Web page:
The Netflix dating reality show is like other married-at-reality-show-gunpoint series: "a combination of extreme structure and the total absence of structure," says Kathryn VanArendonk. She adds that "even given the highly constrained setup of Love Is Blind’s opening episodes, the total experience of watching the series feels like that cliché about building an airplane while you’re flying it. Nick and Vanessa Lachey show up at the start to explain the rules of the series, but there are no details about how any of this will work. Everything is hand-wavy vagueness." Following the Season 1 finale, Love Is Blind will face a conundrum for future seasons, says VanArendonk. "The show will run smoother next time," she adds. "Producers will figure out how to make those early pod dates more interesting, and the format-free slide of the later episodes will get tighter and more organized. Participants will have a better sense of what they’re getting into, and viewers will go into the season with a model for how all of this is going to play out, so they can anticipate exciting moments like the wedding breakups, or the first time the whole group comes together post-pod. If they’re smart, producers will also learn from this first season to push the basic premise of the show to more interesting places. What if they cast people who don’t look like the cast members of every other dating show, for instance? That future knowledge will be a benefit for Love Is Blind, but it will also be a huge detraction. Reality shows are designed; they have formats for a reason, and expert manipulation of that design is one of the pleasures of the genre. Love Island became a much, much better show in the U.K. once both participants and audiences knew what they were getting into, and the weakness of the U.S. version was in part because no one knew what to expect. At the same time, there’s an unrepeatable and undeniable delight to a reality show where no one knows what the deal is...Sure, Love Is Blind will try. It’ll mix up the structure, and it’ll prod participants into different decisions. Like every other dating show, it’ll find new ways to be new. But you can never get back the exact same magic of that first sloppy season because the magic comes from the mess."
Love Is Blind is Netflix's Frankenstein’s monster of trash TV: "Love Is Blind is, undeniably, wildly addictive – as you would expect of a show that combines some of the most controversial reality concepts of the last 20 years with the data and resources of the world’s most powerful streaming platform," says Elle Hunt. "Take the close confines and body-con of Love Island, the sensorial restriction of Dating in the Dark, the shonky pseudoscience of Naked Attraction, the prom-y pageantry of The Bachelor franchise and the stakes of Married at First Sight. Throw in Nick and Vanessa Lachey as hosts and a group of extremely free-feeling Americans (some with acoustic guitars) and you have Love Is Blind. No wonder you can’t look away – Netflix has its Frankenstein’s monster of trash TV. In a crowded field, Love Is Blind is reality television at its most compelling and its most repellent; an unparalleled push-pull of programming that you can hardly bring yourself to watch through splayed fingers. For eight straight hours."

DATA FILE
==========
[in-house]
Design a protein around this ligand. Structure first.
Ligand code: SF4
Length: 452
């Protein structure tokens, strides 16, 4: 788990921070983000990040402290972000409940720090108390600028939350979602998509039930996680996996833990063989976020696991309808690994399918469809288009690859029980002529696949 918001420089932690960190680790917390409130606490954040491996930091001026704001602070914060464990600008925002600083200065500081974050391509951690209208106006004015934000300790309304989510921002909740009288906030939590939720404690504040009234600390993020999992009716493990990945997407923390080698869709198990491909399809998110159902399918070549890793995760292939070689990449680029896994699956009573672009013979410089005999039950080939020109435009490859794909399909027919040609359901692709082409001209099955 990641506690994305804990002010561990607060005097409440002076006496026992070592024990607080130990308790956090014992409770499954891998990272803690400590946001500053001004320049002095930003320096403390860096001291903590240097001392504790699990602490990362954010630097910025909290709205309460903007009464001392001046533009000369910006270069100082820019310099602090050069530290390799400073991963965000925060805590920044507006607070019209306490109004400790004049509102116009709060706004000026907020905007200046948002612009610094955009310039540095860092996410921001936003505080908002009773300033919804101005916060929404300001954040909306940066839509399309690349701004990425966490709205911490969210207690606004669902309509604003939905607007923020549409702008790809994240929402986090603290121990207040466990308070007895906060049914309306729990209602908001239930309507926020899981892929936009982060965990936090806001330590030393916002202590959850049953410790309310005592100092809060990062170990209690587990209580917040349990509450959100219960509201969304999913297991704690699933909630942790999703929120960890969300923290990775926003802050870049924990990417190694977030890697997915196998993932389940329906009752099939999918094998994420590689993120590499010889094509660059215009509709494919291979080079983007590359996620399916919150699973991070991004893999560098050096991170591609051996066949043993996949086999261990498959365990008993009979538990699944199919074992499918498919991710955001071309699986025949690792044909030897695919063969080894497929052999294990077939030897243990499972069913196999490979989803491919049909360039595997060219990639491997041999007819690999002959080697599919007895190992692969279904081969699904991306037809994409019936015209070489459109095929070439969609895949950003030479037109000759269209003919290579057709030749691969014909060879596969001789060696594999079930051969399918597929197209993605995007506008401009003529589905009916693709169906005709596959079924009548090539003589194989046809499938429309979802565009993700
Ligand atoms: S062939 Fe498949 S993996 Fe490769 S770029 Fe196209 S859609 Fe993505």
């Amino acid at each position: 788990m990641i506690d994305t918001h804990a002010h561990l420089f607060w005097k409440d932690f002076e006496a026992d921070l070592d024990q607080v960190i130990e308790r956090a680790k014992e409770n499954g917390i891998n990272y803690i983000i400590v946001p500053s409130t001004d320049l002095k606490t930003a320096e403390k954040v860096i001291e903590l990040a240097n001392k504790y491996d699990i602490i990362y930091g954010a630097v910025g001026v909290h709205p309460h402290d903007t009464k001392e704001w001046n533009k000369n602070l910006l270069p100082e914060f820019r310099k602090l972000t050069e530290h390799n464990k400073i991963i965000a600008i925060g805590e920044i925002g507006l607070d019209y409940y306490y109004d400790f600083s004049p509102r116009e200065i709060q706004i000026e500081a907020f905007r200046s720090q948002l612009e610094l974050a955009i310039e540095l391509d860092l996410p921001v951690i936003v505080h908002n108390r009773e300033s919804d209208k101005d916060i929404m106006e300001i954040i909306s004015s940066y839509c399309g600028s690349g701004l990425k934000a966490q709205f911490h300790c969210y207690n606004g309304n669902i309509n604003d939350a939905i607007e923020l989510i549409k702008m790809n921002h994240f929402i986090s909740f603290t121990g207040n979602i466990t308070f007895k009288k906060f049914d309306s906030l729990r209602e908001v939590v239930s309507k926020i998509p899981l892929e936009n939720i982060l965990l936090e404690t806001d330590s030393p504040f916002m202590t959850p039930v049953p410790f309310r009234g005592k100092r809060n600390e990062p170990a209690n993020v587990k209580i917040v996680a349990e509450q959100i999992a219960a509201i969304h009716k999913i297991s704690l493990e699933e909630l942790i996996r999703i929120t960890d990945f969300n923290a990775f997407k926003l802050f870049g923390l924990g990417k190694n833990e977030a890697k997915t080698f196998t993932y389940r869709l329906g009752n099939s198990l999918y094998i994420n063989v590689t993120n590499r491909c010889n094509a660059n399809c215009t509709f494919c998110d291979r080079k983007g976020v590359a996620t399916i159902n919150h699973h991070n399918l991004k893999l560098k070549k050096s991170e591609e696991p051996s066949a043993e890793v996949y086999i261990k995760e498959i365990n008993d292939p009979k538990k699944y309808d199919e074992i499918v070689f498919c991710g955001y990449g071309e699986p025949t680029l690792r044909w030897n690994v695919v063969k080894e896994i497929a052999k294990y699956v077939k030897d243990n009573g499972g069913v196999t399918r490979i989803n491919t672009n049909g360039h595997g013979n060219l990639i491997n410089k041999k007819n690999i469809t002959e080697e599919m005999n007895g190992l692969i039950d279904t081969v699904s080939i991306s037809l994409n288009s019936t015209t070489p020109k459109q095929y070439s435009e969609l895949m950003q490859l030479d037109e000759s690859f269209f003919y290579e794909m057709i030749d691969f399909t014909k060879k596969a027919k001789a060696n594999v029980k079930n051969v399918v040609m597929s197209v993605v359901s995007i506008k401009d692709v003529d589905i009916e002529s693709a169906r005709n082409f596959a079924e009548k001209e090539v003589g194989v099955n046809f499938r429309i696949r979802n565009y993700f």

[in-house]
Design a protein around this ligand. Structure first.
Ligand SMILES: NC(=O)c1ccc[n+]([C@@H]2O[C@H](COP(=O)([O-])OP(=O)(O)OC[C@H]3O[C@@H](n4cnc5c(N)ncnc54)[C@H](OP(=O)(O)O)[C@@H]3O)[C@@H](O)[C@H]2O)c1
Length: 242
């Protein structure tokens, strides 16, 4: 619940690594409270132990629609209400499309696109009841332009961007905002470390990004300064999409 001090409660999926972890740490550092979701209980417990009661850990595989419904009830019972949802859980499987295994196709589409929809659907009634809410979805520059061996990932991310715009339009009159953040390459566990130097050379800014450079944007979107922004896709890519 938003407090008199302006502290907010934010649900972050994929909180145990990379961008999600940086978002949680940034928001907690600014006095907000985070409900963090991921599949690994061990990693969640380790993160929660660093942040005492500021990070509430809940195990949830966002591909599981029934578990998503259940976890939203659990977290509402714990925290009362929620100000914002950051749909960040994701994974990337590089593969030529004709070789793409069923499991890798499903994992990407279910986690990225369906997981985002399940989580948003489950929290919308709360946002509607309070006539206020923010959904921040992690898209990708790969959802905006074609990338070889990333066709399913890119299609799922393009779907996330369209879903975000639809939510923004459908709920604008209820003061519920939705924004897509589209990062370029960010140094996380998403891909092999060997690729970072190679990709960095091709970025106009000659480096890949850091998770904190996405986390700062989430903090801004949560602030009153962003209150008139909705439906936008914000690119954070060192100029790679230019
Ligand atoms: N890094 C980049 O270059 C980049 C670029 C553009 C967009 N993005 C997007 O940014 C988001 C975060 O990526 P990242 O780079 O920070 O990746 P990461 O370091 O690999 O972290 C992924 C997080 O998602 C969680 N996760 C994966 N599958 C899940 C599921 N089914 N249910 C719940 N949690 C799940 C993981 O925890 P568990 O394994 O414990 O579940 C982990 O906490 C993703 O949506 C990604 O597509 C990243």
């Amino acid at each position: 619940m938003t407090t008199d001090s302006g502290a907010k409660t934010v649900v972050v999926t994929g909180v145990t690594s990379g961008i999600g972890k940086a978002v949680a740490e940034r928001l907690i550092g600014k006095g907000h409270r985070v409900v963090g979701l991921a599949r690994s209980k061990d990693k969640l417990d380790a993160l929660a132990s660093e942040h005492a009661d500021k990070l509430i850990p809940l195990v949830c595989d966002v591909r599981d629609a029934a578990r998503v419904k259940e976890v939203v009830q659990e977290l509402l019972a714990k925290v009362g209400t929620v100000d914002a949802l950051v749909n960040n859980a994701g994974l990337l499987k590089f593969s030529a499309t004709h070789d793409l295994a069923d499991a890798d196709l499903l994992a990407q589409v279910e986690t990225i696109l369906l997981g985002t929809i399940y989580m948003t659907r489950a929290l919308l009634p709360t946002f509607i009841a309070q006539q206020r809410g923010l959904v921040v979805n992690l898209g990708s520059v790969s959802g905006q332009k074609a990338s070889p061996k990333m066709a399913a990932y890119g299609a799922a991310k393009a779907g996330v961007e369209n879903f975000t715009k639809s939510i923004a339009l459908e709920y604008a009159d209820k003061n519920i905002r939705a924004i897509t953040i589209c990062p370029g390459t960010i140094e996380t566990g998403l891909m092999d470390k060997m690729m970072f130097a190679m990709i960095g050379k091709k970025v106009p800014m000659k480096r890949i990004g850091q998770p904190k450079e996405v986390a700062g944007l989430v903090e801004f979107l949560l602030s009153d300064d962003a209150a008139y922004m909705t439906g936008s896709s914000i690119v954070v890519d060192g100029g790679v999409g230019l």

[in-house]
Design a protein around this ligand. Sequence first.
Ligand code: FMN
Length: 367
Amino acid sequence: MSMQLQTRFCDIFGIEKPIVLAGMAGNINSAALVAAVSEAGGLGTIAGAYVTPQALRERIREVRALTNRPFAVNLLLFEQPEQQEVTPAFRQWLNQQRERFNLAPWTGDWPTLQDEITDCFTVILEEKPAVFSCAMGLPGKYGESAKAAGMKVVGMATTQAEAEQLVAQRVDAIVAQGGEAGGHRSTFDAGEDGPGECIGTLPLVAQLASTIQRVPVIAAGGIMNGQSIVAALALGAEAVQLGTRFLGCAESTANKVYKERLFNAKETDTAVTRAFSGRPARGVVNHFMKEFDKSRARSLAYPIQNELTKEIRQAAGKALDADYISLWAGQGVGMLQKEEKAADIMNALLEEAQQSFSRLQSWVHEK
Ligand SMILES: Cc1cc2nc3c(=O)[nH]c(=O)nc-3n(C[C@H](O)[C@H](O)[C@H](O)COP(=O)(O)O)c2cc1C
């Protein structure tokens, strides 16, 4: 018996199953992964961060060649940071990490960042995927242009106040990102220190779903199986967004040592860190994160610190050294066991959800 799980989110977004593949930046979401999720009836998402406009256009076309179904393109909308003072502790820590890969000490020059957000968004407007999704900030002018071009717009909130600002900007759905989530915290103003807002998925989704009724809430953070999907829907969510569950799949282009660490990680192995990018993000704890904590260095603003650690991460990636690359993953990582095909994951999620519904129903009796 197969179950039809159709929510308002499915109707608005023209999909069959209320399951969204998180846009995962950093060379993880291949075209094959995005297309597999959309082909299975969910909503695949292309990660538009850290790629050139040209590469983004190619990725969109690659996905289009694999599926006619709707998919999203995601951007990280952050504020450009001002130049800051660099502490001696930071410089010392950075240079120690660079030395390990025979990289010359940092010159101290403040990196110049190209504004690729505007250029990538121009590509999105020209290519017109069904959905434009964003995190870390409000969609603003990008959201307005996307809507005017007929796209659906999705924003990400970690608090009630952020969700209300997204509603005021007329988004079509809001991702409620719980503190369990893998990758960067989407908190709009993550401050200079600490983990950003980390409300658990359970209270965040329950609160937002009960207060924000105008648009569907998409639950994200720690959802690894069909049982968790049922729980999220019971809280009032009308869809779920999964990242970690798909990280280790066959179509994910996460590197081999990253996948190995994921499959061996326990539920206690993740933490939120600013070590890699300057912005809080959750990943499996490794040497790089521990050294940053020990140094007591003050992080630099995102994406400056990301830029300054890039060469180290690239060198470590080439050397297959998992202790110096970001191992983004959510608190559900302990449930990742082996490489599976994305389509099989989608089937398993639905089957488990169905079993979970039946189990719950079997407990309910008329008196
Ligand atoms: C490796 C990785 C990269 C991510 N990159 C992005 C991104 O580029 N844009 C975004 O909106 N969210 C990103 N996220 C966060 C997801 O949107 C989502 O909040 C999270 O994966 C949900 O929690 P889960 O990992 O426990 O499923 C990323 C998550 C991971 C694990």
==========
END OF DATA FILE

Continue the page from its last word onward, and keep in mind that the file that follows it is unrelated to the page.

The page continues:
More than anything, Love Is Blind is about the imaginative, projective powers of love: "It’s a testimony to being able to see what you want when there isn’t much else to see," says Tracy Clark-Flory. "It reveals how remarkably easy it is, given the right circumstances, to dream oneself into forever. Again and again in its opening episodes, Love Is Blind shows us a person in a room by themselves falling in love—and the real question is: with what or whom, exactly? Of course, the solitary setup is supposed to allow participants to fall in love with the essential core of another human being. But over the course of a few days and mere hours spent together, viewers see people in this reality-TV pressure cooker swoon at humdrum intimacies. In the real world, winning traits are often wishfully imagined within attractive packages. In the pods, basic compatibilities and charm expand into the stratosphere of 'soulmate.'"
Love Is Blind offers sympathy for "the player": "Everybody hates the f*ckboy," says Daniel Schroeder. "Known at other times as the player, the cad, or the rake, the f*ckboy is an archetype of the dating world, often seen as a manipulator of emotions who uses others for his own pleasure. The f*ckboy isn’t interested in the future, or even really the outside world. He looks at everything external as a tool for sating his own immediate desires, rather than recognizing the humanity of the people he’s using. At least that’s how I’ve always understood it, until I watched Love Is Blind."
What it's like to date on Love Is Blind: "We were dating 16 plus hours a day. So you know, it’s a lot of conversation to have," says Cameron. "I actually enjoyed it this way, because I feel like in the real world you waste so much time," adds Lauren. "Some people don’t even talk about stuff like that years into the relationship, which is crazy to me. I was happy to put everything out in the first couple of dates. This is me, take it or leave it."